JEFFERSON CITY — Democrat Robin Carnahan opened 2010 with her strongest fundraising quarter of the U.S. Senate campaign, shaving off some of the financial lead of Republican Roy Blunt.
Carnahan, the secretary of state, reported Thursday that she raised nearly $1.5 million during the first three months of this year. Blunt, a U.S. House member from southwest Missouri, reported raising more than $1.3 million during that same period.
Blunt and Carnahan are their parties' leading contenders to replace retiring Republican Sen. Kit Bond in the November's elections. But they first must face challengers in the Aug. 3 party primaries.
Accounting for previous fundraising and expenses, Blunt reported more than $3.4 million in his campaign account as of the end of March. Carnahan reported more than $2.8 million remaining in her campaign fund.
That gave Blunt a cash advantage of about $582,000, down from a gap of about $836,000 over Carnahan at the start of this year. But both candidates have been raising enough money to mount an aggressive advertising campaign as the election draws nearer.
National Democratic and Republican campaign committees also are expected to pour money into Missouri's Senate race, as are issue-based interest groups that already aired commercials.
Blunt and Carnahan each touted their fundraising totals as evidence of widespread support.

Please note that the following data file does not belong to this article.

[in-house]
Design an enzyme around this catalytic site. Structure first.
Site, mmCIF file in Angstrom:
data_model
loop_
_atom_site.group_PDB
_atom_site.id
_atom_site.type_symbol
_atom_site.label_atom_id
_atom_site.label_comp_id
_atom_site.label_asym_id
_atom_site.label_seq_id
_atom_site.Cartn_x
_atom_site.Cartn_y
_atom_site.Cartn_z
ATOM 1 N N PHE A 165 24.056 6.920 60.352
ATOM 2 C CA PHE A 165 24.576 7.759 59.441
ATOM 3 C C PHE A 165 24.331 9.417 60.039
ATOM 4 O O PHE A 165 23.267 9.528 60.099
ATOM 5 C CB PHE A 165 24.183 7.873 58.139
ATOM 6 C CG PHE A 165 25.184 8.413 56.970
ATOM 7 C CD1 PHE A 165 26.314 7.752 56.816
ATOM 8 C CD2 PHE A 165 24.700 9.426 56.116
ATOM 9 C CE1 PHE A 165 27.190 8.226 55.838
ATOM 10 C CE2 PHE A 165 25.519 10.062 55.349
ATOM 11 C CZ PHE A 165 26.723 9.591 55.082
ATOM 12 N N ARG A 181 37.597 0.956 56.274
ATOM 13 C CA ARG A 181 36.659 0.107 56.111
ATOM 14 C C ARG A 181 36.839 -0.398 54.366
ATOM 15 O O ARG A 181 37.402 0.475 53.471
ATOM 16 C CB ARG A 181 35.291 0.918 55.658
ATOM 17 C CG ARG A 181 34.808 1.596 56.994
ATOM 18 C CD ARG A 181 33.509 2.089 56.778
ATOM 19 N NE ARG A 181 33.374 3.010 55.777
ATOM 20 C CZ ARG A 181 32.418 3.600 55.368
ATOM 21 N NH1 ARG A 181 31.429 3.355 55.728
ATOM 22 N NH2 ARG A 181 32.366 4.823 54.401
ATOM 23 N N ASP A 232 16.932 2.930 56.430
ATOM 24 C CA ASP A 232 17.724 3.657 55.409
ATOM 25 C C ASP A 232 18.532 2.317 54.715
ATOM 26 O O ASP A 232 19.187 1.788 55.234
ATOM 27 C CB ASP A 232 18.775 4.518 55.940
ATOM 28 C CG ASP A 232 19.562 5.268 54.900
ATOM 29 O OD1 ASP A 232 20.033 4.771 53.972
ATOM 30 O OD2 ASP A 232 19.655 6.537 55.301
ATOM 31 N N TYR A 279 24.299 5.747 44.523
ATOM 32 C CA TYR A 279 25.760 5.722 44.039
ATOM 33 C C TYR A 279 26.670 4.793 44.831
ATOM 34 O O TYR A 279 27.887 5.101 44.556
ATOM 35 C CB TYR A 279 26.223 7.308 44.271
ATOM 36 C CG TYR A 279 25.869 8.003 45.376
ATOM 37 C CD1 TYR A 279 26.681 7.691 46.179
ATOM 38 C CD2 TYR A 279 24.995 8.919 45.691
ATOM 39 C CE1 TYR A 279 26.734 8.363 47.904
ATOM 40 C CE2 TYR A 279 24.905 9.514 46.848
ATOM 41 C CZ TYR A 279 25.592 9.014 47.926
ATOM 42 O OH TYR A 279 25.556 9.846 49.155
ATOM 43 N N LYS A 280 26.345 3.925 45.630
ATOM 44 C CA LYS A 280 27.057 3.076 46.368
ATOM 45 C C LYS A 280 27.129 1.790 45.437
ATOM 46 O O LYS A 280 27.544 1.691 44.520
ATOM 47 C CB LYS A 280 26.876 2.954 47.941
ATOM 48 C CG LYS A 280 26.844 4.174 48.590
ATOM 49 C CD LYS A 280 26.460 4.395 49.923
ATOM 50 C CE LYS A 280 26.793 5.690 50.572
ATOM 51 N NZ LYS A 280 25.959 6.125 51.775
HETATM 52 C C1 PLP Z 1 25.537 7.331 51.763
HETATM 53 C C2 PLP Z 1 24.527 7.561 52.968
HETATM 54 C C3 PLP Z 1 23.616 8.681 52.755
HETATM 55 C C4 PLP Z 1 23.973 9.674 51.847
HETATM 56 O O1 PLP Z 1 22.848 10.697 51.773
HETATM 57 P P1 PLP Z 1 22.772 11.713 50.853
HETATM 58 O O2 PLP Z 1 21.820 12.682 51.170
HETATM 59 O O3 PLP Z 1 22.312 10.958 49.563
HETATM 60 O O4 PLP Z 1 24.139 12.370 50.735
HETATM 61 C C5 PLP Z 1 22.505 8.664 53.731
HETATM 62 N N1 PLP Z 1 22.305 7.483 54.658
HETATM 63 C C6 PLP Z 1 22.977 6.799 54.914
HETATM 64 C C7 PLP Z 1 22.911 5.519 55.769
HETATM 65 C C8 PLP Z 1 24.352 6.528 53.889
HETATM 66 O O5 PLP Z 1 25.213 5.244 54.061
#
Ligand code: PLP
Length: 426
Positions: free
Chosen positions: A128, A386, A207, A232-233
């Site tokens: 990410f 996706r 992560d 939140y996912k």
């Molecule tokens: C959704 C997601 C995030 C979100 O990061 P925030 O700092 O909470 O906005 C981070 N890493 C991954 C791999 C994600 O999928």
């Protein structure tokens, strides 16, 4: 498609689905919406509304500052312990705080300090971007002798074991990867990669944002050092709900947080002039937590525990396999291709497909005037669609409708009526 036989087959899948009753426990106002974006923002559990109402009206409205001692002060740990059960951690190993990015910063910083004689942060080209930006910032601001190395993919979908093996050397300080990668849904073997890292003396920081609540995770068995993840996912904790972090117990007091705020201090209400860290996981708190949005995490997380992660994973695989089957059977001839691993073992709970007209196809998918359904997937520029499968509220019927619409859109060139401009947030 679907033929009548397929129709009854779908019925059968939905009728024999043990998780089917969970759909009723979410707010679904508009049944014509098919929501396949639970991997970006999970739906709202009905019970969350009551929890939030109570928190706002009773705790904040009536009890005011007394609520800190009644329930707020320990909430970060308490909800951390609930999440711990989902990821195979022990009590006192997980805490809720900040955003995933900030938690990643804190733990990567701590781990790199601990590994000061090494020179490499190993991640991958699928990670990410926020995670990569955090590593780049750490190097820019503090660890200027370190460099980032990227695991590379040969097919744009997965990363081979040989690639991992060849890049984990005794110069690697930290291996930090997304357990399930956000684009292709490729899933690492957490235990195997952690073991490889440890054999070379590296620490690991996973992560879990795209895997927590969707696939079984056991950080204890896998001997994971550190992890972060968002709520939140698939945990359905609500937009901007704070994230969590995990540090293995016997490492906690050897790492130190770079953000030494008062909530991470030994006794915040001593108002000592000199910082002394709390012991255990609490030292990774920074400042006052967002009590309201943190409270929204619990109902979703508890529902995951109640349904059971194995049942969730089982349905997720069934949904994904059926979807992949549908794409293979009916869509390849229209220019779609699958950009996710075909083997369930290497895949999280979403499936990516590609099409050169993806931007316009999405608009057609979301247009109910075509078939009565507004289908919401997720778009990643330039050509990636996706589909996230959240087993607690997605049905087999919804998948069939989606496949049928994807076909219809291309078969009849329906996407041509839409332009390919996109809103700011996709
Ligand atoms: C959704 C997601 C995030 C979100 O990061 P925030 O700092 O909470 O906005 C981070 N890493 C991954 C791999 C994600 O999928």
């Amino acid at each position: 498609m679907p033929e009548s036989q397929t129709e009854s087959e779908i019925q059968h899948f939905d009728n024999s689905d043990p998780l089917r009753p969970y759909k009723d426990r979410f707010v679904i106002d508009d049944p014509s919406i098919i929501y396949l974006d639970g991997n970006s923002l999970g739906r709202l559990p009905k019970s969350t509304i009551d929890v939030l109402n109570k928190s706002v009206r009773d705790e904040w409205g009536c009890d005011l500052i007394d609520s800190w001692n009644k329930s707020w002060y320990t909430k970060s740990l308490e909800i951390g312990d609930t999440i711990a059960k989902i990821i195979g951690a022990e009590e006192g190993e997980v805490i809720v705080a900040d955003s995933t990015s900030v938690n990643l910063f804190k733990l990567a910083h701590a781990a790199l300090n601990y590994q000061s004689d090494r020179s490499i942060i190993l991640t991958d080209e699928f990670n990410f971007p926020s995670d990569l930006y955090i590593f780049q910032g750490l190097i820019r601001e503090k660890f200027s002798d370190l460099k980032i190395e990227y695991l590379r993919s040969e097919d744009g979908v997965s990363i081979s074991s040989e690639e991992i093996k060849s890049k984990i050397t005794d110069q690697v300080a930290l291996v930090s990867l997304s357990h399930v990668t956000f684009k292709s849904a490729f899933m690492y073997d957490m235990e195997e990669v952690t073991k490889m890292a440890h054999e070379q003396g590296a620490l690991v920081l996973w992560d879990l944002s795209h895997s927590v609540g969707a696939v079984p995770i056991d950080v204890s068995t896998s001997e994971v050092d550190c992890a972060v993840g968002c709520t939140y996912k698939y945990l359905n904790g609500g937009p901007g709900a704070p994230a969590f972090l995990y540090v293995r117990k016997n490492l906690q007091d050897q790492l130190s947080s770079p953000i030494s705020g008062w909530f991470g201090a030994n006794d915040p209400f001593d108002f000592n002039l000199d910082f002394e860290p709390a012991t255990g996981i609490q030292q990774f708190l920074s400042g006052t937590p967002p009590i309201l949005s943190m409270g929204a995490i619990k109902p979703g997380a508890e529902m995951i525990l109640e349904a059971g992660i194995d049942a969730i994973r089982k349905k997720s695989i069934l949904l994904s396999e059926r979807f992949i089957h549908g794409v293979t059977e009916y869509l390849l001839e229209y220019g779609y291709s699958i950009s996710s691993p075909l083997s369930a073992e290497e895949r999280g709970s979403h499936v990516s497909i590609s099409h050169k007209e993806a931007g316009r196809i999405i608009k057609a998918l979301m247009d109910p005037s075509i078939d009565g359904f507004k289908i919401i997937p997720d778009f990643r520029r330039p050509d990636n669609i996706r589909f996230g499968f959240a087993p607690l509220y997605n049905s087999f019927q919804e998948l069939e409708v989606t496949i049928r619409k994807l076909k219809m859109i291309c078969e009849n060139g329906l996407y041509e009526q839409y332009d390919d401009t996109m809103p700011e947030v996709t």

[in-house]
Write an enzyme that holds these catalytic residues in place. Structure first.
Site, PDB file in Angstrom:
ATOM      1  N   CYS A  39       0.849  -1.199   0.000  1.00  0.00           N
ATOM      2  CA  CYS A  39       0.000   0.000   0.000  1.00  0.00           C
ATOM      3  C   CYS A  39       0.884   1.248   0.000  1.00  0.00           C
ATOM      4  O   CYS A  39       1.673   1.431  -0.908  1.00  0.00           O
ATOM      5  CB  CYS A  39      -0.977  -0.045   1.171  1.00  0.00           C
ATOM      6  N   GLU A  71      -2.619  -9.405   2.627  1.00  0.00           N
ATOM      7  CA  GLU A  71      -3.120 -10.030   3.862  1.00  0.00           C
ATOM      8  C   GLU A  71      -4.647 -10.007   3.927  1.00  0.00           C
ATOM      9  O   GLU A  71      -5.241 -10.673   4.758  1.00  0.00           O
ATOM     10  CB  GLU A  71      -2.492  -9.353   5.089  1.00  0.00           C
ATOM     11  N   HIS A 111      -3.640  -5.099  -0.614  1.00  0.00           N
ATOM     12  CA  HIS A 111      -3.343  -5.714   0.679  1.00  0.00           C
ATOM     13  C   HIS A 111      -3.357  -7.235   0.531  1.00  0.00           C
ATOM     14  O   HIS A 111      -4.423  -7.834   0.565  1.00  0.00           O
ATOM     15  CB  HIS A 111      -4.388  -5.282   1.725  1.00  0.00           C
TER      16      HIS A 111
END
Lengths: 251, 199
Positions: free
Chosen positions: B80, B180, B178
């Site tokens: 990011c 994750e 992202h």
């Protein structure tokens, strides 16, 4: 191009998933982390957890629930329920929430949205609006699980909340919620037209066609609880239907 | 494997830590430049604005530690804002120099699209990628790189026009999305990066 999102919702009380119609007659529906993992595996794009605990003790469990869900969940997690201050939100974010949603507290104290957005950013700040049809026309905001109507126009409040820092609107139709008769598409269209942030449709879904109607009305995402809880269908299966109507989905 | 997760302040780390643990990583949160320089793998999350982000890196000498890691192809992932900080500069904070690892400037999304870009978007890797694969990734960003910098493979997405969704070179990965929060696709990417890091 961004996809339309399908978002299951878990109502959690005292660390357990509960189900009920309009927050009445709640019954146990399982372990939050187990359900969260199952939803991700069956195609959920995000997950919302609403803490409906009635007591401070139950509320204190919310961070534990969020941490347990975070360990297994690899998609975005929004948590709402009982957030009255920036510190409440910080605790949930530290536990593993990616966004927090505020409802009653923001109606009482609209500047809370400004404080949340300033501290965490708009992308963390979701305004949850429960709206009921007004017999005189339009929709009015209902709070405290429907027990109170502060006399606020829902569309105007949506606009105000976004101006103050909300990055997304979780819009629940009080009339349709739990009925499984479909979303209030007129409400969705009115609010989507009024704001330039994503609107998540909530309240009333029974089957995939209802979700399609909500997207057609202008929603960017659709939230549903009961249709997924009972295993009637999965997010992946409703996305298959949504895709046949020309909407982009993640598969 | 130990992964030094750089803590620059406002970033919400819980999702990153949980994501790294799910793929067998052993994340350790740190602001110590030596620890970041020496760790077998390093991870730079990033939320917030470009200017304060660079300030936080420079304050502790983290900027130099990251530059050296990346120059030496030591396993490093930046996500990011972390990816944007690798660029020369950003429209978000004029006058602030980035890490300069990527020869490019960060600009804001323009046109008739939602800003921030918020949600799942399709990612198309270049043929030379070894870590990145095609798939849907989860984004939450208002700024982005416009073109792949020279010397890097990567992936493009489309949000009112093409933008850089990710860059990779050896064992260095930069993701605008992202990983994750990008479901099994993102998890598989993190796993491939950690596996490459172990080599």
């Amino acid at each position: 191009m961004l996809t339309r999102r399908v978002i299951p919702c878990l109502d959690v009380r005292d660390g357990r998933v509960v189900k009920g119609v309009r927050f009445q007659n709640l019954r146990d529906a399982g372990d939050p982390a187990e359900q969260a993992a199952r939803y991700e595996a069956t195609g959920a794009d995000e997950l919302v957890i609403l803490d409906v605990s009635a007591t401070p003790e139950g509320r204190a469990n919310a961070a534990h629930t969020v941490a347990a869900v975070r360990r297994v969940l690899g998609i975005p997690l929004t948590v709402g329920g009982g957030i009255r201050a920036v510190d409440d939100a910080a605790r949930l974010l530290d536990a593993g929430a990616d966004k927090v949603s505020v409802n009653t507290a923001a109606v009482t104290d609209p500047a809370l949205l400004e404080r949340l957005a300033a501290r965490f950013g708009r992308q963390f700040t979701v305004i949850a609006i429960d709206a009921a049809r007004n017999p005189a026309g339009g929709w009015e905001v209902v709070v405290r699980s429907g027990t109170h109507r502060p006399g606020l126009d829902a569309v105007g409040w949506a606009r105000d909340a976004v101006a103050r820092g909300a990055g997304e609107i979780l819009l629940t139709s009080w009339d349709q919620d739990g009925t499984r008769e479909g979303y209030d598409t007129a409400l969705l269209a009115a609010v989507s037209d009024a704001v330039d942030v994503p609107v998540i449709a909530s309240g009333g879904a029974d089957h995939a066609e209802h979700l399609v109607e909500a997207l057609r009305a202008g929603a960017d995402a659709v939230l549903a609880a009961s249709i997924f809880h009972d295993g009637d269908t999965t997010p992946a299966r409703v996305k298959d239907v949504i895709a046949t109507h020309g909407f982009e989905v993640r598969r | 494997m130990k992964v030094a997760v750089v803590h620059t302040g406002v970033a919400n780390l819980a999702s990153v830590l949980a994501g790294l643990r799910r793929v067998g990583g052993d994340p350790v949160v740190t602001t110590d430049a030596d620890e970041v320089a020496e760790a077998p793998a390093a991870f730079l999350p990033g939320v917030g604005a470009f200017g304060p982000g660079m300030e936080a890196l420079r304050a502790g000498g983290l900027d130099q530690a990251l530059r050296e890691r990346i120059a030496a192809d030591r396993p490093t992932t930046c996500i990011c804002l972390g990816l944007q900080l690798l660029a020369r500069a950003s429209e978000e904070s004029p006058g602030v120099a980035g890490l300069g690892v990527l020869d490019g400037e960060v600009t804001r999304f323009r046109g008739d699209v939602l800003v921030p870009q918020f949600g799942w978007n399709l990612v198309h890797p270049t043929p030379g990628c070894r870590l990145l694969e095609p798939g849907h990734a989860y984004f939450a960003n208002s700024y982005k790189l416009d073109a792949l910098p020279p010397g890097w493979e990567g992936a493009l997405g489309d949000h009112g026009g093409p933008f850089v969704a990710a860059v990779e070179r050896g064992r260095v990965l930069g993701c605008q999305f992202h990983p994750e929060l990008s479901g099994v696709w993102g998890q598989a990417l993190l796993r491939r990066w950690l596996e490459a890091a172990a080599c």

Carnahan said she has received donations from more than 21,000 individuals; Blunt said he has held more than 400 campaign events in nearly 100 Missouri counties.
Among the other candidates in the U.S. Senate race is Republican state Sen. Chuck Purgason, of southern Missouri. His finance report was not immediately available, but Purgason said he raised about $7,500 during the first quarter of 2010. He said conservative principles were more meaningful than money raised in the Senate race.
Missouri's only other statewide race this year is for state auditor.
Republican Tom Schweich, a former State Department official under President George W. Bush, holds a sizable cash advantage over both the incumbent Democratic auditor, Susan Montee, and fellow Republican challenger, state Rep. Allen Icet.
Schweich reported raising $225,401 during the past quarter, with $615,326 remaining in his campaign account. Montee raised $104,438 during the quarter, with $352,107 remaining in her account. Icet raised $50,063 during the quarter, with $157,021 remaining in his account.